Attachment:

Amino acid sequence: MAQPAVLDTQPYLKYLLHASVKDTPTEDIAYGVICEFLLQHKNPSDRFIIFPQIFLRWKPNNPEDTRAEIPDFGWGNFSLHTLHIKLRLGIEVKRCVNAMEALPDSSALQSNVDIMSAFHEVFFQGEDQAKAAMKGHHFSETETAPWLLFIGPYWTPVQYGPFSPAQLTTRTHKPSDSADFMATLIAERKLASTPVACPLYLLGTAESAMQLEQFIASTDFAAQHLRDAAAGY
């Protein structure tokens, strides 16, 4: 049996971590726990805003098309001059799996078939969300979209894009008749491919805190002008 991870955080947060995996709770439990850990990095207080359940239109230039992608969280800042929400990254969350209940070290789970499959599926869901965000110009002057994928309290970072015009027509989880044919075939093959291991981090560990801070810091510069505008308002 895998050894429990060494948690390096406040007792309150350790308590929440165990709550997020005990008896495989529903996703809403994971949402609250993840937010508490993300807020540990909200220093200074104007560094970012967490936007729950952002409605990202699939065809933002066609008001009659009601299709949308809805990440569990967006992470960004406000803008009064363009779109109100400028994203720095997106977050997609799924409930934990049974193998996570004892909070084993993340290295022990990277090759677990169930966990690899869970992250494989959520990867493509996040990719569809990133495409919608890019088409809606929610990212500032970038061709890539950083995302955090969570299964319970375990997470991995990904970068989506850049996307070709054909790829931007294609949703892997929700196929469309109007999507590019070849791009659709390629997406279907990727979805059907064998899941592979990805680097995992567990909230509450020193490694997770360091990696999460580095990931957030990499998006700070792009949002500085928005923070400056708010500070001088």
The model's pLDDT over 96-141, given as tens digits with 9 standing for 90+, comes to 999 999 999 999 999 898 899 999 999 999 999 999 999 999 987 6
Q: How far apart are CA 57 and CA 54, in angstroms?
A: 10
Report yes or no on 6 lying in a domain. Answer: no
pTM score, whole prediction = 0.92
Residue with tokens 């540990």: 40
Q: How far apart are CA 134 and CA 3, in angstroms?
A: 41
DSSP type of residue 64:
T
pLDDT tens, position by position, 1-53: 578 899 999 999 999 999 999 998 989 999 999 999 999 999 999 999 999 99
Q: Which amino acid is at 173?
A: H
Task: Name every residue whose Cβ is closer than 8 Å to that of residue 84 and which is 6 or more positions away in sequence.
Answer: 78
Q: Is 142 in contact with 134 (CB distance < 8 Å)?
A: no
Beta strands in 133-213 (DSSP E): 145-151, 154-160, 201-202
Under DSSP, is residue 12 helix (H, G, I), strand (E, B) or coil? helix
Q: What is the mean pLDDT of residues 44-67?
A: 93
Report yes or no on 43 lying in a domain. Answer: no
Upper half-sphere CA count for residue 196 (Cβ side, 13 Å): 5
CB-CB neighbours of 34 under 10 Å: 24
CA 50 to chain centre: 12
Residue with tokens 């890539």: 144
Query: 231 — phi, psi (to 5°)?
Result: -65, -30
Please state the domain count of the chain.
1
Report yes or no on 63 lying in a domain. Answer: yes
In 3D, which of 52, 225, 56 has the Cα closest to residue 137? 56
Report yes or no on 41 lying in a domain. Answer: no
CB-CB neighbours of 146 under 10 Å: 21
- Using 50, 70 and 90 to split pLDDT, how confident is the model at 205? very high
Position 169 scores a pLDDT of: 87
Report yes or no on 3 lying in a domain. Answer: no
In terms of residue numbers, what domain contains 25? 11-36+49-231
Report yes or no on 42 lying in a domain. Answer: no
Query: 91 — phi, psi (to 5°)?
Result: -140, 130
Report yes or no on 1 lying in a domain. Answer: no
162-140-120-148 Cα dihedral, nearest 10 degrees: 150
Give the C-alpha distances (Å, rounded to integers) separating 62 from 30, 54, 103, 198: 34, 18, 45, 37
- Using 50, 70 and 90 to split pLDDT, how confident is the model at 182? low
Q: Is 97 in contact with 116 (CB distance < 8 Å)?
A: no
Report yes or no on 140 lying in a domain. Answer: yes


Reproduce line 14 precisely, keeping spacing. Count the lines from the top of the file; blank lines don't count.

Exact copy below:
Q: Which amino acid is at 173?